More “Meaningless” than “Mean Girls,” Mark Waters’ vampire-themed thriller drowns overprivileged teens in an overcomplicated mythology
If you thought that “Twilight” needed more of a “Juno”-esque sensibility and a location reminiscent of Hogwarts in the “Harry Potter” movies, then you're the target audience for “Vampire Academy.”
The latest in a seemingly infinite line of Young Adult fantasies trying to command the attention – and disposable income — of tween girls, director Mark Waters’ adaptation of the first novel in Richelle Mead's best-selling book series is, like its predecessors, a hodgepodge of sci-fi/monster mythology stitched awkwardly to the banal melodrama of adolescent romance.
Zoey Deutch (also of 2013's YA dud “Beautiful Creatures”) plays Rose Hathaway, a half-human/half-vampire known as a Dhampir, who is training to be the guardian of her best friend Lissa (Lucy Fry), a Moroi princess and heir to the throne of Dragomir. Despite their best efforts to hide out among the mortal population, the duo are brought back to St. Vladimir's Academy, where cell phones and internet are replaced by chapel services and weapons training.
Recognizing her scrappy resilience and learning of the rare psychic bond that allows her to know Lissa's thoughts, guardian Dimitri Belikov (Danila Kozlovsky) agrees to mentor Rose in her training. But when Lissa becomes a target for threats from an unknown adversary at the school, the bond between Moroi and Dhampir is tested even as Rose attempts to uncover the culprit and protect Lissa from danger.
Cinematically speaking, “Vampire Academy” exemplifies the pointlessness of trying to drive a square peg into a round hole. Waters, perhaps best known for the watershed teen comedy “Mean Girls,” seems to innately understand the complexity of girls’ feelings about boys, other girls, school, and growing up. But the screenplay by Daniel Waters (the director's brother, who knows a thing or two about mean girls himself as the author of “Heathers”) is so preoccupied by the machinery of vampires and witchcraft and ancient hierarchies and secret societies that it fails entirely to create a coherent mythology for any of the neck-biting hocus-pocus that's supposed to be going on.
Admittedly, vampire lore has been steadily diluted since the emergence of “Twilight,” which seemed to dictate that henceforth bloodsucking means being alternately dreamy and tortured. But despite the film's nonstop barrage of expository dialogue (“You know it's been two years since the crash,” etc.), not to mention Rose's constant Juno-on-Jolt-Cola meta-commentary, it's totally unclear why these characters even call themselves vampires, except when Lissa needs to take a bite out of her BFF's shoulder for a 5-hemoglobin pick-me-up.
The bigger problem, however, is that St. Vladimir's Academy is populated entirely by white, privileged a-holes whose affluenza has fully metastasized, making none of them — other than Rose, sort of — remotely interesting or likeable. If it weren't for homophobia, slut-shaming, rumor-mongering, victim-blaming and bullying, they would apparently have nothing to do at all; meanwhile, aside from Dimitri, none of the faculty members do more than wag their finger disapprovingly at their students, and seem about as mature as the teenagers they're supposed to be in charge of.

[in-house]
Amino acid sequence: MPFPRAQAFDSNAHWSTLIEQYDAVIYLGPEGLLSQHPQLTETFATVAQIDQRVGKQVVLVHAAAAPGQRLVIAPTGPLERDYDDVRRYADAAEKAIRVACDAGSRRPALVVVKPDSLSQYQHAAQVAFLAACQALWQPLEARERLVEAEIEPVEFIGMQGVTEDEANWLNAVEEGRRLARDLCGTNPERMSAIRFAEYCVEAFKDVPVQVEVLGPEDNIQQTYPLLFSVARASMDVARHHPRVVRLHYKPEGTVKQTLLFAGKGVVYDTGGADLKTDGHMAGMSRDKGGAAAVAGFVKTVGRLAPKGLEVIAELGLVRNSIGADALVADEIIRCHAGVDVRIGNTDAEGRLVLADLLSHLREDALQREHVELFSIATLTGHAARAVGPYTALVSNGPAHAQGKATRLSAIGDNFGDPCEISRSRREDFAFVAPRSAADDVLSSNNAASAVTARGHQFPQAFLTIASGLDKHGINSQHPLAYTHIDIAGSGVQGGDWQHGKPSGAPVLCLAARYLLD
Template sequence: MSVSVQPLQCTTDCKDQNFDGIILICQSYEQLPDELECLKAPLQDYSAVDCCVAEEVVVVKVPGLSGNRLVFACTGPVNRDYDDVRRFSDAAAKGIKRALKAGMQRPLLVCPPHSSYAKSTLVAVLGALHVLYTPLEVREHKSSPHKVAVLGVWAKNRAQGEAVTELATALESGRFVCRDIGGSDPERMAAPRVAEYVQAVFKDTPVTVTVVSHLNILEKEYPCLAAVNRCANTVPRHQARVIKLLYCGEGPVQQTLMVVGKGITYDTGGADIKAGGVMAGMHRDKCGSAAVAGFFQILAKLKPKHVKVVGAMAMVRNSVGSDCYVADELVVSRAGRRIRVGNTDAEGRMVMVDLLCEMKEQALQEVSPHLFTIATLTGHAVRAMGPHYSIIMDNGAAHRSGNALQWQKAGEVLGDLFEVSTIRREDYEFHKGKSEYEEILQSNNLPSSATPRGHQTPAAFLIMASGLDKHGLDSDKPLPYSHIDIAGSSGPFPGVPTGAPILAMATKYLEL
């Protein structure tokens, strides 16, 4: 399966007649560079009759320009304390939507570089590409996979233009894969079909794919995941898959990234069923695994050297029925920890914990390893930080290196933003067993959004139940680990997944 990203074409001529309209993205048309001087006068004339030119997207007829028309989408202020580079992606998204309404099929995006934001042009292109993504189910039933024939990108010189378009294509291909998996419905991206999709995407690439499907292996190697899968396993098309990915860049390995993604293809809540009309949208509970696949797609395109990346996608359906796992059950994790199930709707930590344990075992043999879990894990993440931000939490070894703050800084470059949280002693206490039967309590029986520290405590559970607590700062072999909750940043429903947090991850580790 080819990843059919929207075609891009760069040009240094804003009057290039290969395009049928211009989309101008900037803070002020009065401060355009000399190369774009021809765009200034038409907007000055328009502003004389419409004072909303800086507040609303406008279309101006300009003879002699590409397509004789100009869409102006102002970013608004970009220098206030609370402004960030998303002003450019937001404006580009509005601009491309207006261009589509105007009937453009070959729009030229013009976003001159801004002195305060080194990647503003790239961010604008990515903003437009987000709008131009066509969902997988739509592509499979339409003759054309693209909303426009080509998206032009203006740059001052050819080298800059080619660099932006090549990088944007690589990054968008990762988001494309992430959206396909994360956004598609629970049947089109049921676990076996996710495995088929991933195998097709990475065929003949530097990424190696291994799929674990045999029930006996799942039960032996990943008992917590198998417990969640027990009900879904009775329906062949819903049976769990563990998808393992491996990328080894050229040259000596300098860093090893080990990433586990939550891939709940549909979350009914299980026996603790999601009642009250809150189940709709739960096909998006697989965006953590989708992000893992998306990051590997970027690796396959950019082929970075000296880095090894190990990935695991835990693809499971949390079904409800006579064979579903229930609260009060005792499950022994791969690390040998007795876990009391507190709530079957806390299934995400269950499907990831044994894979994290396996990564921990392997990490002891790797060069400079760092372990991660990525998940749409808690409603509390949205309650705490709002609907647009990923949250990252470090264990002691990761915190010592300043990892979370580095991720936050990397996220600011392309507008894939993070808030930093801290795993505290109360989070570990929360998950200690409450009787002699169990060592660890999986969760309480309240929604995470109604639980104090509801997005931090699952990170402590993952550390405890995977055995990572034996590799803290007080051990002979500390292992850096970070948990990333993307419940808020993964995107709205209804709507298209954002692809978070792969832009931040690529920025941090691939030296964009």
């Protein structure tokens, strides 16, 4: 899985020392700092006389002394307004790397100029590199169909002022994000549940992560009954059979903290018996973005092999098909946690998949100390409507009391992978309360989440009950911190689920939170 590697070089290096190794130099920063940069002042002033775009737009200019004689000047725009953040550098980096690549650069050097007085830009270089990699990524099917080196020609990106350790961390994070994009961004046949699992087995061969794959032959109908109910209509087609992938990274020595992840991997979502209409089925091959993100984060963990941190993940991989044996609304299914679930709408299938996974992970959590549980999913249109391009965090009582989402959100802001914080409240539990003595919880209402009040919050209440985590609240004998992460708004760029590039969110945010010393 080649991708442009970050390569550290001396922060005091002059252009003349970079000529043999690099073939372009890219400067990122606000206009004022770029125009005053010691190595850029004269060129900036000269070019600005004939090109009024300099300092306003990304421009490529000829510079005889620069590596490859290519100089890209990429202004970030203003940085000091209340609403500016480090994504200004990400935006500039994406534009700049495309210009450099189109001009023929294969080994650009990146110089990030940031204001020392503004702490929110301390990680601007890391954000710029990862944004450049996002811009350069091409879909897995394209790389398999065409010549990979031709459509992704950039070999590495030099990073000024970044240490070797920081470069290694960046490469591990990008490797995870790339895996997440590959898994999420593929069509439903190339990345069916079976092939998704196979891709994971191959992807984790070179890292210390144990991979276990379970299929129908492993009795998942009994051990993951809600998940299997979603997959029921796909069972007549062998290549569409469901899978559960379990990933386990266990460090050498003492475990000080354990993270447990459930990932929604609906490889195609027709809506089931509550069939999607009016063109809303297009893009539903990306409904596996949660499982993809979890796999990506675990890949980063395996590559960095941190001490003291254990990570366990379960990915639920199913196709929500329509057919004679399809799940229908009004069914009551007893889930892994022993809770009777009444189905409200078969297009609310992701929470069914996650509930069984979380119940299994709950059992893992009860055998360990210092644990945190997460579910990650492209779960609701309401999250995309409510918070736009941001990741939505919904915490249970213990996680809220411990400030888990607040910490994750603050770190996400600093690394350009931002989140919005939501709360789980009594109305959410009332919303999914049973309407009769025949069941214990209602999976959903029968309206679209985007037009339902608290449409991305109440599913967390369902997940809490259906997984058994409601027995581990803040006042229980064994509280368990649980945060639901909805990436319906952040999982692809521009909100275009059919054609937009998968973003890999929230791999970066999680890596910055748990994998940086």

As Rose, Deutch gives a fussy, animated performance that too often overshadows her undeniable charisma. Burdened with the challenge of establishing the stakes (no pun intended) of the story while simultaneously taking the piss out of them, she ably if inconsistently juggles sincerity and self-awareness. Meanwhile, Fry delivers a one-dimensional portrait of alpha female self-indulgence, struggling to deal with tousle-haired dreamboats who throw themselves at her feet while petulant social climbers nip at her heels.
Playing their adult counterparts, Olga Kurylenko vamps (again, no pun intended) her way through a schizophrenic, disastrous performance as headmistress Kirova, while Gabriel Byrne does his best impression of Lloyd Bridges in “Hot Shots” as the feeble, benevolent Victor Dashkov. Unlike them, relative newcomer Kozlovsky tries to do more with less as Dimitri, but he ends up underplaying so much that he barely registers — a significant problem for a film where he's meant to be an irresistible love interest.
About the only thing that remotely rescues “Vampire Academy” from total, discombobulating misguidedness is a feeble acknowledgment (long overdue in movies like this one) that the most important thing to the main character isn't all of the ass she can kick or the lessons she's learned, but whether or not the cute boy she's, like, totally been crushing on the whole time actually likes her back. Ultimately more “Meaningless” than “Mean Girls,” “Vampire Academy” is a busy, overcomplicated empowerment fantasy with more hormones than brain cells, from a director seemingly eager to adopt the ethos “better clever than smart” without achieving either.